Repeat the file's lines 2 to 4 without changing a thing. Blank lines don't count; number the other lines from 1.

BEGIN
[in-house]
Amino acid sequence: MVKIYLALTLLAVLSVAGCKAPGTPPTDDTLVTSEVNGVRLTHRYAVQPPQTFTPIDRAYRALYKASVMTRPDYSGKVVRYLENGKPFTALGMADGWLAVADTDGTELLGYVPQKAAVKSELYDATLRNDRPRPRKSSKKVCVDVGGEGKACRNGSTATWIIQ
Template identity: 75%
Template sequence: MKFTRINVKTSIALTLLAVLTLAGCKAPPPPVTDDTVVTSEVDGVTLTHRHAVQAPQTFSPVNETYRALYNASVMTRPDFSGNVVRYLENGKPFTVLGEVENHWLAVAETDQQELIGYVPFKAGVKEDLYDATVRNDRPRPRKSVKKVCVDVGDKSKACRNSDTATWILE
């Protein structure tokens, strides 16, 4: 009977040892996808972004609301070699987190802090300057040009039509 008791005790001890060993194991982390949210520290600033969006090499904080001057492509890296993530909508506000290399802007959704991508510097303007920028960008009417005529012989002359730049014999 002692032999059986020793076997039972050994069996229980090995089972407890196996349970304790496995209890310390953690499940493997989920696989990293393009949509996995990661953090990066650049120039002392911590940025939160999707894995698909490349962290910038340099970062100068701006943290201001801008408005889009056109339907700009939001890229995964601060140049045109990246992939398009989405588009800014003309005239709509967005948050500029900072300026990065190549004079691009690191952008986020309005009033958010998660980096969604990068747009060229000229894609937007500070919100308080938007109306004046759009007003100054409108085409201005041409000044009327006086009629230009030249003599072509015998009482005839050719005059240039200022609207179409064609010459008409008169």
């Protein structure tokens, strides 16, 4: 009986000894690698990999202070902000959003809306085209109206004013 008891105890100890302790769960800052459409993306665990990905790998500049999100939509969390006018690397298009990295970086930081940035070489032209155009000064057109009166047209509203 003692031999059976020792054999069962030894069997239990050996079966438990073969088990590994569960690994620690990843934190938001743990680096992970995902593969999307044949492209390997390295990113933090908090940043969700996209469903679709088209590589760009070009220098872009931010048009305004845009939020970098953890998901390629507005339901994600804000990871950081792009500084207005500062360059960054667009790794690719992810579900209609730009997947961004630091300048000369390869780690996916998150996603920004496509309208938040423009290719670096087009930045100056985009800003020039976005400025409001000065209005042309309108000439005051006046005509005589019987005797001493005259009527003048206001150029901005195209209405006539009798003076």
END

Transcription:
Amino acid sequence: MVKIYLALTLLAVLSVAGCKAPGTPPTDDTLVTSEVNGVRLTHRYAVQPPQTFTPIDRAYRALYKASVMTRPDYSGKVVRYLENGKPFTALGMADGWLAVADTDGTELLGYVPQKAAVKSELYDATLRNDRPRPRKSSKKVCVDVGGEGKACRNGSTATWIIQ
Template identity: 75%
Template sequence: MKFTRINVKTSIALTLLAVLTLAGCKAPPPPVTDDTVVTSEVDGVTLTHRHAVQAPQTFSPVNETYRALYNASVMTRPDFSGNVVRYLENGKPFTVLGEVENHWLAVAETDQQELIGYVPFKAGVKEDLYDATVRNDRPRPRKSVKKVCVDVGDKSKACRNSDTATWILE